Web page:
Joe McCarthy to Donald Trump….my personal travel. Already saw this rodeo.


In 1952 I was a junior at Northwestern University.  I would be in the army in two years, but at that time I was too young to vote (not yet 21).

It was an election year.  Truman had decided he had enough, so he was going to pack up Bess and Margaret and go back to Independence, Missouri.  The wartime hero/general Dwight Eisenhower was running against Adlai Stevenson from Illinois.  And in the fall of 1952 we were holding a mock political convention.

Every fraternity, sorority and independent house on campus represented some state.  My fraternity (an all Jewish house since none of the others would take our kind) was South Carolina.  Our chairman for the convention had written to governor Strom Thurmond and he had kindly sent us a large confederate flag which had flown over the state house, so we were all ready.

The convention represented both parties, and some well-known legislators had been booked to talk to us, including Senator Joe McCarthy of Wisconsin.  He who was causing so much controversy, claiming the Democrats were the party of Communism who had sold out in Korea, and harbored so many hated communists (substitute immigrants for today) who were out to destroy America.  He claimed to have the names of subversives in government and other establishments, and his hearings would lead to the destruction of many innocent lives.

I sat close to the stage in the gymnasium; he started speaking at a very low calm level, and we pretty much got his standard speech:  America was on the verge of insurrection; the Democrats were either communists or shielding them;  then he waved a stack of papers shouting here are all the names, and they all will be brought out into the open.  I was very shaken by this man.

In the next several years his power and following increased; his hearings got more and more terrifying, until finally at one with the Secretary of the Army he accused an innocent lieutenant and the Secretary, almost in a fury, stood and froze the monster with his famous “Have you no shame, Senator McCarthy” tirade……Edward R. Murrow devoted one of his “See it Now” programs to expose McCarthy.  In 1954 Joe was finally censured by the Senate.  He died a broken alcoholic in 1957.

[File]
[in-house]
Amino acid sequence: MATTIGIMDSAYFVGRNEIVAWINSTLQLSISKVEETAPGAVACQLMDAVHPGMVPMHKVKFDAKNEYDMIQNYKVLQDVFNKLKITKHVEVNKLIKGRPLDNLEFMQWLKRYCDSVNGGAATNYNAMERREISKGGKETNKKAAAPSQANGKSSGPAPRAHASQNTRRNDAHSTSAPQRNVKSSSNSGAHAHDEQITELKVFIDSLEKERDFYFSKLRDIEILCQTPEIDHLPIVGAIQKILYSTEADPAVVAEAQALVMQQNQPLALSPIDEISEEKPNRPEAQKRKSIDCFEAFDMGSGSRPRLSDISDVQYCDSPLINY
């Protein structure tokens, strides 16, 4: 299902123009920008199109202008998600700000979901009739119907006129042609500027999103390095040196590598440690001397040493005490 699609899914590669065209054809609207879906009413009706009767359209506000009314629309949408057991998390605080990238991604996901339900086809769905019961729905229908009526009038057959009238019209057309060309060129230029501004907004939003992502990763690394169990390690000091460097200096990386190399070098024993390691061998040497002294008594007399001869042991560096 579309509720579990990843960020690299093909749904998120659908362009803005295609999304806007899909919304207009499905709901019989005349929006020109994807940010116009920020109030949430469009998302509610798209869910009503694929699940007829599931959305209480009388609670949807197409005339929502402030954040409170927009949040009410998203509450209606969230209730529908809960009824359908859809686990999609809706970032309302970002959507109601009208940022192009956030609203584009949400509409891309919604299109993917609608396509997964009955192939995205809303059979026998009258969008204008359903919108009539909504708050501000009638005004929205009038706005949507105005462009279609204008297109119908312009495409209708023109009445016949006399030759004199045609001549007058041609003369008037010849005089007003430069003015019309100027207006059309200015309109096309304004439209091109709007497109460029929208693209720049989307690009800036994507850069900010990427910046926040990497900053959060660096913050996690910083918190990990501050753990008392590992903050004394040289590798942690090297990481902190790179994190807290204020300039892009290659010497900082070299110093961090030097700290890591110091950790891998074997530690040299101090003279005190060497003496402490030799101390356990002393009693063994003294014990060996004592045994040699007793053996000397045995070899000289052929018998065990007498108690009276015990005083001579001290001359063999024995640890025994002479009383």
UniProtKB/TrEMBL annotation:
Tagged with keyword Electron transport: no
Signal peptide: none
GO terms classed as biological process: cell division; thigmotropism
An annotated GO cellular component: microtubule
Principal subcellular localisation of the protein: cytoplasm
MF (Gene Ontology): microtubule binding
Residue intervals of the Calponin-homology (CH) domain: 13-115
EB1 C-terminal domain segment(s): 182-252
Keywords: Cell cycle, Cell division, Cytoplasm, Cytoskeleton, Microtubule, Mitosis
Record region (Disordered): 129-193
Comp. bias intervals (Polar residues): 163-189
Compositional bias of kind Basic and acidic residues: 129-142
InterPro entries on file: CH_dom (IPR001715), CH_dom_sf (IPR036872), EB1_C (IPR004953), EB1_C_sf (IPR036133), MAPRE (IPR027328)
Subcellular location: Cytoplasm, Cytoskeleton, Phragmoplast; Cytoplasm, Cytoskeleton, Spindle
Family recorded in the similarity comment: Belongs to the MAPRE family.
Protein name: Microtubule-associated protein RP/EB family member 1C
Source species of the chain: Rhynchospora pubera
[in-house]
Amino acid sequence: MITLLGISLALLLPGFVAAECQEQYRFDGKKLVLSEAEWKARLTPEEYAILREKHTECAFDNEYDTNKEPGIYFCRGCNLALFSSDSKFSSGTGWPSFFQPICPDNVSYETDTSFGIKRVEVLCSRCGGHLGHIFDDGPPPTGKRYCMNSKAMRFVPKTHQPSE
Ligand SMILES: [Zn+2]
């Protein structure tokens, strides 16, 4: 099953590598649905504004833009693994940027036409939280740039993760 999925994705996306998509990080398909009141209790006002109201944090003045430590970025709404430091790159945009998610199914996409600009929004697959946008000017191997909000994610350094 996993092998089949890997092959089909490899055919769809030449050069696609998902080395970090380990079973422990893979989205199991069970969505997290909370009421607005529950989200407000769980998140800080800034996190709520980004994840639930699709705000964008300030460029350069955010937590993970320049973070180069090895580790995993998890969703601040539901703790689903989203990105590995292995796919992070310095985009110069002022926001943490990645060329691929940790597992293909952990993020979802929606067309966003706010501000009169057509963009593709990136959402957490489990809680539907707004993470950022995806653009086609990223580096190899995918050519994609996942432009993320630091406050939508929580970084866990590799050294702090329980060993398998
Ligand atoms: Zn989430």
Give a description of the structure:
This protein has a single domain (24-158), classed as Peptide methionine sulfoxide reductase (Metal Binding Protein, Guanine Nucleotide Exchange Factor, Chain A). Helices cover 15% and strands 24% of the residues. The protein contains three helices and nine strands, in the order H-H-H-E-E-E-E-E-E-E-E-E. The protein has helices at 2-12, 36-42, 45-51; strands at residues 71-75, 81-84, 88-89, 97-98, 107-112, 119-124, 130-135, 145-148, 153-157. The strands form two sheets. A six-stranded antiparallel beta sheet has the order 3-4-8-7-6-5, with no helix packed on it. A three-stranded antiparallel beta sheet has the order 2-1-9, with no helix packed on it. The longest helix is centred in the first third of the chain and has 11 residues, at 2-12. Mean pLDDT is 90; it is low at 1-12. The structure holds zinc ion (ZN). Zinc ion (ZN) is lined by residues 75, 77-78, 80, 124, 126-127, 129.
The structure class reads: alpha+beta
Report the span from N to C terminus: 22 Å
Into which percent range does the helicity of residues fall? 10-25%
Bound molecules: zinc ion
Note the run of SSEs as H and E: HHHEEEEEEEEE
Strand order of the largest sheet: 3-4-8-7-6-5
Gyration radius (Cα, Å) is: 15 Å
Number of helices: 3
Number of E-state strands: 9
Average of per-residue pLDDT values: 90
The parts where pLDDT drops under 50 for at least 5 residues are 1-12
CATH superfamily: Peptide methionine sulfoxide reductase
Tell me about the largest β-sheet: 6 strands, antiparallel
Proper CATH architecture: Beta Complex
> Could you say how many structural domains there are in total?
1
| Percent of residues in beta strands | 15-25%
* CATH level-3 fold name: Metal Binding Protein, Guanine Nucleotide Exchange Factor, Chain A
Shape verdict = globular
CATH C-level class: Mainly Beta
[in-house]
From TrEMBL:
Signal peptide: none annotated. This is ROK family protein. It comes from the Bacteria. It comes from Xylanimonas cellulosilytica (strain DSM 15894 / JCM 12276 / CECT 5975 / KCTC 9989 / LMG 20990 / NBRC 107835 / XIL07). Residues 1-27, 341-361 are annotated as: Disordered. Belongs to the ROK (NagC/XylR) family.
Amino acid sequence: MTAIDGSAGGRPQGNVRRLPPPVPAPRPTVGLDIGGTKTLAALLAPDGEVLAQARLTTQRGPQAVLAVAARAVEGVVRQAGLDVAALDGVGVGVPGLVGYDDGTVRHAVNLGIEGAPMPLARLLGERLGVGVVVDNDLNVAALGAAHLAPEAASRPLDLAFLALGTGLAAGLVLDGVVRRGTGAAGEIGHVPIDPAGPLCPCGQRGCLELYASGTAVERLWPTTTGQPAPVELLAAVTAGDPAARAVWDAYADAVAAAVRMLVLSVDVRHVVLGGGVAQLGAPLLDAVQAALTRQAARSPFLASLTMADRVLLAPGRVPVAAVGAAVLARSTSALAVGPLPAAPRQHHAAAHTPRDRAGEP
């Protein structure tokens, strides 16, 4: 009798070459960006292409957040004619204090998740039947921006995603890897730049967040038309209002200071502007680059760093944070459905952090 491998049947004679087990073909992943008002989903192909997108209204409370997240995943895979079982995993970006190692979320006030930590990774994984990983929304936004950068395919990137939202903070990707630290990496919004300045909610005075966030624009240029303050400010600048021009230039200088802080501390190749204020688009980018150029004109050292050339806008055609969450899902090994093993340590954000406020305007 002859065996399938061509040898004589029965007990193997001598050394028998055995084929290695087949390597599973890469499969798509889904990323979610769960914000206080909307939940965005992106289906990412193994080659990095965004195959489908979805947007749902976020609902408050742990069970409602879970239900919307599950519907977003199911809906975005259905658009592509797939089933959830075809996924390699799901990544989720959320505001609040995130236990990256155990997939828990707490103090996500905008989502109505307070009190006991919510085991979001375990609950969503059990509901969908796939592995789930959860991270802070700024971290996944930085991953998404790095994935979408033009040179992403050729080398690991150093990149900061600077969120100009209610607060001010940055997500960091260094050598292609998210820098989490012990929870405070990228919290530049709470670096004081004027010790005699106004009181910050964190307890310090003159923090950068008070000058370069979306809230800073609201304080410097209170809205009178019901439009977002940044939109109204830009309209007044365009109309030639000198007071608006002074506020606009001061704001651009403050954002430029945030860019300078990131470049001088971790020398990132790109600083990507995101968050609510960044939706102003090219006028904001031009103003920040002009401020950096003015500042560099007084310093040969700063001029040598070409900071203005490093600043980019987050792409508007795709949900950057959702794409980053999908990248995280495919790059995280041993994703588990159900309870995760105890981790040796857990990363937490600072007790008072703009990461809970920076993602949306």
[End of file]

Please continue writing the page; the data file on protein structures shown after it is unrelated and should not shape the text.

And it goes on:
Have you no shame, Donald Trump?

Now for the wayback machine


I just watched the last program of the Prohibition series on PBS.  No I don’t remember Prohibition, but I was born around that era.

And when prohibition ended in December 5, 1932, I had just turned 6 months old and was fighting for my life.  I had come down with what appeared to be a severe case of dysentery, but ordinary treatment was not working.  And then the doctor (Dr. Bilderback) analyzed my system and determined that I had cholera, the only case reported in Portland, Oregon, in over 20 years, according to the report in the Oregonian (newspaper).

The only effective remedy was blood transfusion, and it had to be directly from a donor at that time.  My father’s partner in Portland had a son named Buster who gave me transfusions, and apparently I bounced back from death’s door.  I don’t ever recall meeting Buster, but I certainly owe him a lot.

So I grew up in Portland during the depression.  We lived a comfortable middle-class life and honestly I was never aware of the terrible effect it had on America.  Leo Seltzer was on the road with first walkathons and then the Roller Derby, both kind of traveling road shows, with very low prices and high appeal at this time when there just wasn’t much money.

Almost from my very first memories, I was aware of Franklin Delano Roosevelt, our president, who was pretty much revered and reviled at the same time.

You have to remember that Roosevelt declared a bank holiday – closing them all and then re-opening them with guarantees for the depositors –  and started a whole series of programs to help create jobs, including the conservation corps which put thousands to work rebuilding our infrastructure.  The bankers, big business and extremely wealthy hated him.

Yet, he was our only four-term president, although he died shortly after winning his fourth term, throwing an entirely unprepared Harry Truman into that high office.

Roosevelt had suffered severe polio as an adult, but he managed to keep the fact that he could not use his legs from the public.  There were never any pictures of him in a wheel chair or him struggling to walk.  The press fully cooperated; could you imagine that today.

But what I remember of Roosevelt was his marvelous speaking voice, his sense of humor, and his ability to reach all Americans without television, jet airplanes and certainly without social media.

I remember my third grade teacher asking our class who was the finest orator (I am not certain she used that word) in the country and we all knew it was our President.

Fireside Chat. Courtesy of the Franklin D. Roosevelt Presidential Library and Museum, Hyde Park, New York.

He held “fireside chats” in which he talked to all Americans by radio to let us know what the state of the country was, and what he was doing to make it and our lives better, as well as why it was necessary for us to go to war and why we all must sacrifice (which we did).

When I hear his voice today I know it doesn’t have the majesty or resonance I heard; certainly recordings weren’t capable of capturing the full essence.

Obviously, he was a man for the times, and his wife Eleanor, who I did get to hear speak in person, was the woman; the first first Lady who really expressed herself to America.  Quite a duo.

You should have been there.

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